[​IMG]

    Both have gunfighter style grips and the New Vaquero has a SBH hammer installed.

    Of the two, I shoot the 45 Colt more.
     
  19. spiroxlii

    spiroxlii Member

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    I have an 1873 Colt SAA replica by Uberti. It's a beautiful one with the walnut birdshead grips and the case color hardened finish. I fire standard pressure .45LC loads through it regularly, and the gun is nice and heavy, so the recoil is smooth and manageable. I also get very good accuracy out of it. I probably shoot better with it than I do with most of the other handguns I've handled. But that's just because I'm probably better with the SA trigger pull than I am with most DA handguns.

    It really is a lot of fun.
     
  20. Constantine-p89

    Constantine-p89 Member

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    Thanks for the pictures and comments guys, if do end up trading it in for a revolver I will MOST LIKELY get the 45long colt single.
     
  21. usp_fan

    usp_fan Member

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    Which .45 is it?
     
  22. Constantine-p89

    Constantine-p89 Member

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    A single action 45 long colt revolver. As for the make I have no idea, I always look everywhere and I found nothing except the caliber. They are very nice though.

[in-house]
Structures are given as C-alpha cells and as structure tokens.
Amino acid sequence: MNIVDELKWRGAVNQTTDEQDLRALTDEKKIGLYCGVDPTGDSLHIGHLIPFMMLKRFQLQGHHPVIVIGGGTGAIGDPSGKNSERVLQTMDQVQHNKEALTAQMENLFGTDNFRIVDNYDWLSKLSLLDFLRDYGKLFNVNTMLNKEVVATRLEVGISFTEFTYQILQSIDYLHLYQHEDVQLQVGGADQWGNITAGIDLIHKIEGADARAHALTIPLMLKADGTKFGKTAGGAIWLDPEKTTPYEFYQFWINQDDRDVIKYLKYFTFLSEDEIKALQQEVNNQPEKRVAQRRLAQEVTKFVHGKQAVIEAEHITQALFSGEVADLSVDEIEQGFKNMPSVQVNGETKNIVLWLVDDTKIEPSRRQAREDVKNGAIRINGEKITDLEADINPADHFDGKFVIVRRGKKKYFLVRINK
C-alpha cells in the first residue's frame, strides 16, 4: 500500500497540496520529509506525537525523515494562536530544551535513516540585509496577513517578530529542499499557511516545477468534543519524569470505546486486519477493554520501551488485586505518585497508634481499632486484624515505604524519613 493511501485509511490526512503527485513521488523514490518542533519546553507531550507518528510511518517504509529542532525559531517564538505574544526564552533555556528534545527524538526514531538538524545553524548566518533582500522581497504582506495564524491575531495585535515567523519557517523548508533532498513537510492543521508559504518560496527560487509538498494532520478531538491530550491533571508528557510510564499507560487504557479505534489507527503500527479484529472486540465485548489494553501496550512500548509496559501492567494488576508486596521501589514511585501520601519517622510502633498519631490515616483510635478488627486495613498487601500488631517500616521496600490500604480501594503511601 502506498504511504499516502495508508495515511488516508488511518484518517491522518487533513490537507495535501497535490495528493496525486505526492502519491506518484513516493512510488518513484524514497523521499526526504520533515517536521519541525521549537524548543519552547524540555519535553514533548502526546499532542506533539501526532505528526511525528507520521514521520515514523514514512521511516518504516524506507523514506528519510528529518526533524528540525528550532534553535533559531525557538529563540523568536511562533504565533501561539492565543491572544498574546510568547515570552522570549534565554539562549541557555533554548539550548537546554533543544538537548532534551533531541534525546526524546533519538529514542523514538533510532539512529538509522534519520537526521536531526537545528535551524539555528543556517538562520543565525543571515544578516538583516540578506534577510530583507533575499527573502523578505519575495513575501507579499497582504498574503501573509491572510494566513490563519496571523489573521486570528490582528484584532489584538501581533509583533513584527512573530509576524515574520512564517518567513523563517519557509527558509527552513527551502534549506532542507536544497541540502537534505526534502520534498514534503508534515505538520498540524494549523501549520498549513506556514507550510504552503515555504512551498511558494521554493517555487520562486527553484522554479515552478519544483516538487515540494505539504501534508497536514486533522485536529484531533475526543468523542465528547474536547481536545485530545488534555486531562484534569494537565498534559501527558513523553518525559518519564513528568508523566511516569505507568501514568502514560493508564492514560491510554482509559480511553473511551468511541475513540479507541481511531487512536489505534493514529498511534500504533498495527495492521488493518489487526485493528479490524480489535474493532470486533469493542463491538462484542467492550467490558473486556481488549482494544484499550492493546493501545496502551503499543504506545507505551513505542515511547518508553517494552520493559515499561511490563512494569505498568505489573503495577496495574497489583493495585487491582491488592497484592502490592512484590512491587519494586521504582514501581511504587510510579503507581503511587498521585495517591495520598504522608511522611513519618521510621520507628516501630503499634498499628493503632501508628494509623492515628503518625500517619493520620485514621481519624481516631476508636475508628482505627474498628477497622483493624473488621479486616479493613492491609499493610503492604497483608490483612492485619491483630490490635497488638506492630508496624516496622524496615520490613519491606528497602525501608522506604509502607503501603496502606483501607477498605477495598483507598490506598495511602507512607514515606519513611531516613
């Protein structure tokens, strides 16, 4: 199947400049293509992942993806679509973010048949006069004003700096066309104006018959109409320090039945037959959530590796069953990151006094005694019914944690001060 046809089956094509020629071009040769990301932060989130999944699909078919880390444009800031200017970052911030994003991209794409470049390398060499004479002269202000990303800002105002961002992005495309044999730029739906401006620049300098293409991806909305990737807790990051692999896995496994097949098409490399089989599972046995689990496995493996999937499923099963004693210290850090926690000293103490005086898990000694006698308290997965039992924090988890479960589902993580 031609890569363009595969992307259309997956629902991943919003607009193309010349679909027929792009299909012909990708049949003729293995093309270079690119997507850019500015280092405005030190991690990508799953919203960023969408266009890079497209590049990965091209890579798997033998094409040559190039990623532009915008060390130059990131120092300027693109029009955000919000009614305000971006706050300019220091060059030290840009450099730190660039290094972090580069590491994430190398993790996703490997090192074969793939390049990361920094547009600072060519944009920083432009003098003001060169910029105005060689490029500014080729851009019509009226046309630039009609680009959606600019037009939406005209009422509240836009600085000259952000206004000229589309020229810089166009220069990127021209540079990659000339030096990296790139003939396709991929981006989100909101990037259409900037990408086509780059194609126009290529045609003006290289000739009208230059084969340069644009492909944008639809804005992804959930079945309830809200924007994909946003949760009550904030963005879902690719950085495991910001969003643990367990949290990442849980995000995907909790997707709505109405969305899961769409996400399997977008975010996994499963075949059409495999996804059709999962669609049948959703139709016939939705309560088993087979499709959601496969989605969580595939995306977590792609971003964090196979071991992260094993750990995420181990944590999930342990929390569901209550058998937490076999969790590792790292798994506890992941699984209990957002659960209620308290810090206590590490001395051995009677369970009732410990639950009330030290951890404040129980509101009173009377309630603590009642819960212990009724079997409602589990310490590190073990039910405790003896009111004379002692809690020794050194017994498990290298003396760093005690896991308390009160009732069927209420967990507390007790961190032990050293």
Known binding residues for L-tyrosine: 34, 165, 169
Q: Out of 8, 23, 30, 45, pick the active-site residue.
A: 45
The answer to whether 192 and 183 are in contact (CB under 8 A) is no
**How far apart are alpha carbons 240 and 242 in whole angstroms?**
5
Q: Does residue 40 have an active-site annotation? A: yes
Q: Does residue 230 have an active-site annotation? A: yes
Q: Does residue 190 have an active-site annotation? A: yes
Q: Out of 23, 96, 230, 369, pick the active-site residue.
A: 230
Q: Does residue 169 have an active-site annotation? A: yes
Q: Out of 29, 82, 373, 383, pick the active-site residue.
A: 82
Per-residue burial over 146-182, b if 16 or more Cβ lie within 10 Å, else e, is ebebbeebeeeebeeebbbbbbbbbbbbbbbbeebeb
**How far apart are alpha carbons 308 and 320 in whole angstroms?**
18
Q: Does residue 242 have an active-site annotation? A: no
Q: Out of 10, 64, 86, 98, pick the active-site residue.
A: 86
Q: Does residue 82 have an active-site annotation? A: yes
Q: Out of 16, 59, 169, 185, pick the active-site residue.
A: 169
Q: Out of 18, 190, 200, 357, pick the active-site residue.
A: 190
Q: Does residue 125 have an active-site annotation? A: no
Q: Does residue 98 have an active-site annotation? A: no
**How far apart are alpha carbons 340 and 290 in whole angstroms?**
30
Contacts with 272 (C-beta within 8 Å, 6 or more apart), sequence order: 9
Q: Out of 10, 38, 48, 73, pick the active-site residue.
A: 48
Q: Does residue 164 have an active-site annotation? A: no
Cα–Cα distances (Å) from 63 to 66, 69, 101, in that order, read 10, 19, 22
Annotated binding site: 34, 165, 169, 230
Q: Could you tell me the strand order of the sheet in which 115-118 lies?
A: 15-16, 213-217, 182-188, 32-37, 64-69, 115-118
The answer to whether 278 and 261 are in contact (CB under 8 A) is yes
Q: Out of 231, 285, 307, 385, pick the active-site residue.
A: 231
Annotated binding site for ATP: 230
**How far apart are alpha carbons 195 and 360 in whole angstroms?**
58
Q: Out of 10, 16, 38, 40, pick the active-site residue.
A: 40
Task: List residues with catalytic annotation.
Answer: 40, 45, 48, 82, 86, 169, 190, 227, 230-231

23. spiroxlii

    spiroxlii Member

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    The Rugers are very nice and reliable. They look like old "cowboy guns," but they have modern transfer bar safeties, which allows you to safely load your "sixgun" with six rounds with less risk of accidental discharge than you'd have with a more faithful Colt SAA replica.

    That said, I didn't want a Ruger. I wanted a more realistic replica of an 1873 Colt SAA, so I got the one made by Uberti, which looks beautiful and functions beautifully too. Its firing pin is fixed to the hammer, so instead of loading six rounds, I load one, skip one, and load the remaining four. Then when I lower the hammer down, it is resting on an empty chamber instead of having the firing pin resting on the primer of a cartridge where an accidental drop or smack could set a round off.

    Is it less convenient and possibly less safe? Yeah, if you aren't aware of the issue. But I prefer it because it's more authentic, and my reason for buying a single action revolver was NOT to have a practical carry or self defense weapon. It was to have a fun range gun.
     
  24. Constantine-p89

    Constantine-p89 Member

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    Well mine would be a range gun/house gun.
     
  25. spiroxlii

    spiroxlii Member

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    As a range gun/house gun, you might want to go with the Ruger then. In addition to the transfer bar safety that lets you load six rounds safely, it also uses coil springs instead of the more authentic leaf springs that the original 1873 Colt used. The Uberti uses leaf springs, which are more like the original, but they also have the potential to break. Coil springs are not likely to break ever.